• What is Osteoarthritis?
  • What are the Symptoms of Osteoarthritis?
  • Who is Most at Risk?
  • How is Osteoarthritis Diagnosed?
  • How is Osteoarthritis Treated?
  • When would surgery be considered?
  • How Can Osteoarthritis Be Prevented?

  • What is Osteoarthritis?

    Osteoarthritis is a disease of the joints affecting most of us in one way or another as we age. Around 80% of people over the age of 50 are affected. The process begins with the cartilage wearing thin and disjointed and over time, it could be totally grinded to nothing. At the same time, the joint capsule thickness enhances and more synovial (lubricating) fluid is created which causes swelling in the joint. Ultimately, osteoarthritis can effect any and every joint in the human body, but it's usually apparent in the fingers, knees, hips and spine.

    What are the Symptoms of Osteoarthritis?

    • Joint stiffness and pain. This can improve with physical activity but is usually worse again after periods of inactivity.

    • Backache.

    • Reduced flexibility of movement in affected joints.

    • Possible swelling of affected joints.

    • Possible grating of the joint on movement.

    • It is not usually associated with redness or heat of the affected joint.

    Who is Most at Risk?

    Osteoarthritis is not hereditary, but the following factors are associated with an increased risk of developing the condition:

    • obesity. Being overweight can add strain on the joints.

    • stress on joints caused by one's work or physical activity or ageing

    • injury to the joint lining, caused by a previous injury.

    How is Osteoarthritis Diagnosed?

    • Medical history and examination by a professional healthcare practitioner

    • An X-ray examination will determine whether a patient has osteoarthritis.

    Often there won’t be a correlation between the level of pain and the severity of arthritis as shown by the X-ray. It is the level of pain and the issues associated with movement that are decisive factors when making the diagnosis. Laboratory blood tests may be performed to rule out any inflammatory forms of arthritis.

    How is Osteoarthritis Treated?

    • Exercise should be the nucleus of treatment for people with osteoarthritis, regardless of age, co-morbidity, pain severity or disability. Exercise should focus on local muscle strengthening and general aerobic fitness.

    • Weight loss if the person is overweight or obese. Use of suitable footwear.

    • Pain can be relieved by applying heat to stiff and painful joints for 20 minutes up to three times a day. Various deep-heat lotions, heating pads, infrared lamps, hot baths, etc can be used.

    • Cold packs may also be of help. Use for between 5 and 10 minutes at a time on an hourly basis up to six times a day.

    • Swimming in a heated pool.

    • Severe osteoarthritis of the neck spine can be eased by wearing a soft collar.

    • Massaging the muscles around the joints.

    • Sleeping on a firm orthopaedic mattress to ease the pain in the spine.

    • Mild to moderate disease can usually be managed successfully with simple over-the-counter painkillers, such as paracetamol (eg Panadol), aspirin (eg Disprin) or ibuprofen (eg Nurofen) (a non-steroidal anti-inflammatory drug).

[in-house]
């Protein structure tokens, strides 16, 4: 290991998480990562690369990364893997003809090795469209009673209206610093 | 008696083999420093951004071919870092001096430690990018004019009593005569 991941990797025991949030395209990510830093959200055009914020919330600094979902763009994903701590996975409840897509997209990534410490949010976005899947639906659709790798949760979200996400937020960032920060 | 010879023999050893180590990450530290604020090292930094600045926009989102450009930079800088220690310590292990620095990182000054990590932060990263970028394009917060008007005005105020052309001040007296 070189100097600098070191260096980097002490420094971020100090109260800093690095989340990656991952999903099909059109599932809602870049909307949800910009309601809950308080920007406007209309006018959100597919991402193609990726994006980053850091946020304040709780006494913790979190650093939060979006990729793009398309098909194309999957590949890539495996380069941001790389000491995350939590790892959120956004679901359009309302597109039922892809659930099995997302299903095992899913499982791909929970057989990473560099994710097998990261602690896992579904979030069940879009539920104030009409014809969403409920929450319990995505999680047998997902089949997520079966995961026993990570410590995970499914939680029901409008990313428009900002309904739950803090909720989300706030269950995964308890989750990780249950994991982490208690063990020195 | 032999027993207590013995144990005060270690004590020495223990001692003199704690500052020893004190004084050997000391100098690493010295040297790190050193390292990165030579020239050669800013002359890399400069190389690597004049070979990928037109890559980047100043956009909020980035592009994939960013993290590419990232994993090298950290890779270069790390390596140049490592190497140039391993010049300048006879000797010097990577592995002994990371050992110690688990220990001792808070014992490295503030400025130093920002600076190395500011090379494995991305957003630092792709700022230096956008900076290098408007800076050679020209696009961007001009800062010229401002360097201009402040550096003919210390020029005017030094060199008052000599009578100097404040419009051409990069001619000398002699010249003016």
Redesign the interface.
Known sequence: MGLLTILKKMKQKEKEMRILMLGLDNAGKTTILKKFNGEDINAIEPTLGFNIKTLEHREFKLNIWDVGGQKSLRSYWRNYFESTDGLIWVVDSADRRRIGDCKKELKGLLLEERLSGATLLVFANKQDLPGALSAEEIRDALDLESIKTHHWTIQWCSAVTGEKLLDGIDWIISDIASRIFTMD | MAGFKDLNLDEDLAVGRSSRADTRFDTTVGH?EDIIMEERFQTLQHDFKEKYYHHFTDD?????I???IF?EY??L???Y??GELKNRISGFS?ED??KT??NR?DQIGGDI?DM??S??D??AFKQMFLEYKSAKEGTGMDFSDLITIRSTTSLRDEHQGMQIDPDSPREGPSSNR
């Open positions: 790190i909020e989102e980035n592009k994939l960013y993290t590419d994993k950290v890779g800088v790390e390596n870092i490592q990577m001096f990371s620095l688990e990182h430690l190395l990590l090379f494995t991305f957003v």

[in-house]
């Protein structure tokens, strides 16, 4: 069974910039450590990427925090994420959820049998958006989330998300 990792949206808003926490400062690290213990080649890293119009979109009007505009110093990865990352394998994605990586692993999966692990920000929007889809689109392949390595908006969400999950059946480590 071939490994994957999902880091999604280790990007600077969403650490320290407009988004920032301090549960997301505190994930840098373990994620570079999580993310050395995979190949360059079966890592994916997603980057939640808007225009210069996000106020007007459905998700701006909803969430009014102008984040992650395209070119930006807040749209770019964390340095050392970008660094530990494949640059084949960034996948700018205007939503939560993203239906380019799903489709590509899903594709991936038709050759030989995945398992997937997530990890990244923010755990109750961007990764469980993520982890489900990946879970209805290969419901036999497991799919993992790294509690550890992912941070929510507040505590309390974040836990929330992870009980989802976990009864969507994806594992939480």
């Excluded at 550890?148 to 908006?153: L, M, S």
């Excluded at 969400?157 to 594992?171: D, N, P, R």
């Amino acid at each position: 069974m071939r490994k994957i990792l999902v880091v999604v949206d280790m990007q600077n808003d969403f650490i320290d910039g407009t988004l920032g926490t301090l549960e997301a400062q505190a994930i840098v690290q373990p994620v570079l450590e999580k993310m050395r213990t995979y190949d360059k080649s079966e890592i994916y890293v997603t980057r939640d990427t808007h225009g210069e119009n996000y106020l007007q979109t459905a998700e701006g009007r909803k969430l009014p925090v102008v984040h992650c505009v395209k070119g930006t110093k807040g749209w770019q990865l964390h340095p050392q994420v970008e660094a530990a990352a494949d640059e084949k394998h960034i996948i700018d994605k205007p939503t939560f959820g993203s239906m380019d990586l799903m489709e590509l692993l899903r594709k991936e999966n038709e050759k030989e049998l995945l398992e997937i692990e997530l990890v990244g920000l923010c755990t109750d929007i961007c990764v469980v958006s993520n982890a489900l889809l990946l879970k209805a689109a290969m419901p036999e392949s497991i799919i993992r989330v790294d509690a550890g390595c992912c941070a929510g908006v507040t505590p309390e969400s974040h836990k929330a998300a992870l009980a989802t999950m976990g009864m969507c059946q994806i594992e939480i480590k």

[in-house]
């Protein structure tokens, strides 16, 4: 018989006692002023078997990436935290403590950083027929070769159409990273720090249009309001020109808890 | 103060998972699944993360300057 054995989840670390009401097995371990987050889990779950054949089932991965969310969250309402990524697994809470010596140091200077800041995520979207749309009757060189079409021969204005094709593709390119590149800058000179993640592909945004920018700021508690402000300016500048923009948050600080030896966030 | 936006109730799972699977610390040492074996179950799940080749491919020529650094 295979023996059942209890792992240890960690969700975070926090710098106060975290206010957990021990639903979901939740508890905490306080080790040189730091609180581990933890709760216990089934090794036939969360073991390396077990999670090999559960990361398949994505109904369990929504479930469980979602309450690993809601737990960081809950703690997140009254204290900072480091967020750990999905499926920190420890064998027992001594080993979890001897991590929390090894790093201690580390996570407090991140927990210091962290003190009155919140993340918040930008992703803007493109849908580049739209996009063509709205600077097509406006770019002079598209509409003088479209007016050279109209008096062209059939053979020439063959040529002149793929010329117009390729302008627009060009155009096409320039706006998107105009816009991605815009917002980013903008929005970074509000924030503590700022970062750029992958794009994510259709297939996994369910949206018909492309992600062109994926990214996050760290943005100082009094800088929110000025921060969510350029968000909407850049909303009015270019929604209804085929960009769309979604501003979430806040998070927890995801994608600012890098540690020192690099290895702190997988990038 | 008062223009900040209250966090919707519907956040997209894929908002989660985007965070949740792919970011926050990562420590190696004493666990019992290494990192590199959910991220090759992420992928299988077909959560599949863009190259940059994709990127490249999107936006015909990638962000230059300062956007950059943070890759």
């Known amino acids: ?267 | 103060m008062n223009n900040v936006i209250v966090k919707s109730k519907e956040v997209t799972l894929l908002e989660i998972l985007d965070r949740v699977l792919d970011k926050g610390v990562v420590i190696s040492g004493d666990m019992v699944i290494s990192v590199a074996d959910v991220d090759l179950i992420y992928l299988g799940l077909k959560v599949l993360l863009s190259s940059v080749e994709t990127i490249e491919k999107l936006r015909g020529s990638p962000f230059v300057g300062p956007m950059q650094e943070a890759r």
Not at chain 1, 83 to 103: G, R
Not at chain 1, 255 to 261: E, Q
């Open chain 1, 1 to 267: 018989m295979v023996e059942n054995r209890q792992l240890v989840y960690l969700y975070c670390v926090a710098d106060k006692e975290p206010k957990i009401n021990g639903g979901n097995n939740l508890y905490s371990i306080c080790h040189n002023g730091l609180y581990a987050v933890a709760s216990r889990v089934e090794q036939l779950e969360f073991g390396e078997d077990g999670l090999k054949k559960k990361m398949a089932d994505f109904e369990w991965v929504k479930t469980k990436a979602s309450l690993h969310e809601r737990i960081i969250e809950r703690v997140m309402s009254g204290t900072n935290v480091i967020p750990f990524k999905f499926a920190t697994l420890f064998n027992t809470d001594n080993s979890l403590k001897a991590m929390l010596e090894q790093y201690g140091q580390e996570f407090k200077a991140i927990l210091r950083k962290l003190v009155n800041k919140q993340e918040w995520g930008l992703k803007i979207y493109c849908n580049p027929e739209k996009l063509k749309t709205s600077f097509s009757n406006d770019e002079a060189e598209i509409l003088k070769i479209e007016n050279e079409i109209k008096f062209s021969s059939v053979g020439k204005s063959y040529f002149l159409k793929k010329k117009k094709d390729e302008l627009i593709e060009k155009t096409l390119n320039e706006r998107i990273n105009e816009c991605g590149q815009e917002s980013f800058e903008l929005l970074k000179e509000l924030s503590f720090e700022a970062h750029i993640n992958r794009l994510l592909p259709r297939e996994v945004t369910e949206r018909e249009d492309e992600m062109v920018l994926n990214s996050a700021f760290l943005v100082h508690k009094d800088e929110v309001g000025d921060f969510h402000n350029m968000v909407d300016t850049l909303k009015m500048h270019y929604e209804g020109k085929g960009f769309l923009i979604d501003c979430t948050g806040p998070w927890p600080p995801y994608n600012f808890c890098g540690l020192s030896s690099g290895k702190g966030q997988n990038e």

• A GP may prescribe non-steroidal anti-inflammatory drugs (NSAIDs/COX-2 inhibitor) if this is appropriate for you, or a stronger codeine-based painkiller (opioids).

    • Assessment for bracing/joint supports/insoles for people with joint pain or instability.

    • Assistive devices (for example, walking sticks and tap turners) for people with specific problems with daily activities. Expert advice may be required from occupational therapists or disability equipment assessment centre.

    When would surgery be considered?

    Should the patient's condition deteriorate to the point where they have been offered all of the core treatments and are still experiencing joint symptoms that have a substantial impact on their quality of life, eg their mobility is severely affected, they may be advised by their GP to consider the possibility of surgery to replace a knee or hip joint.

    Following surgery, the patient will stay in hospital for up to two weeks and a period of physiotherapy and rehabilitation is necessary to recover muscle strength.

    Modern artificial joints are expected to function for up to 20 years. Future prospects In spite of great progress with artificial joints, there are unfortunately still many people who have to live with their osteoarthritis and the daily pain it can cause. Patients may still have to visit their GP to have their condition monitored and the treatment plan discussed.

    The GP can offer advice to help patients understand the condition and better cope with it.

    How Can Osteoarthritis Be Prevented?

    It is not usually possible to prevent the condition occurring completely. Maintaining a normal weight for height and body structure, keeping physically active and avoiding excessive stress on the joints as you get older, can reduce the severity and effects of osteoarthritis.

    More information

    The organisations below can provide more information and support for people with osteoarthritis.

    Arthritis Research UK

    Arthritis Care

    • Your local Patient Advice and Liaison Service (PALS) may also be able to give you further information and support.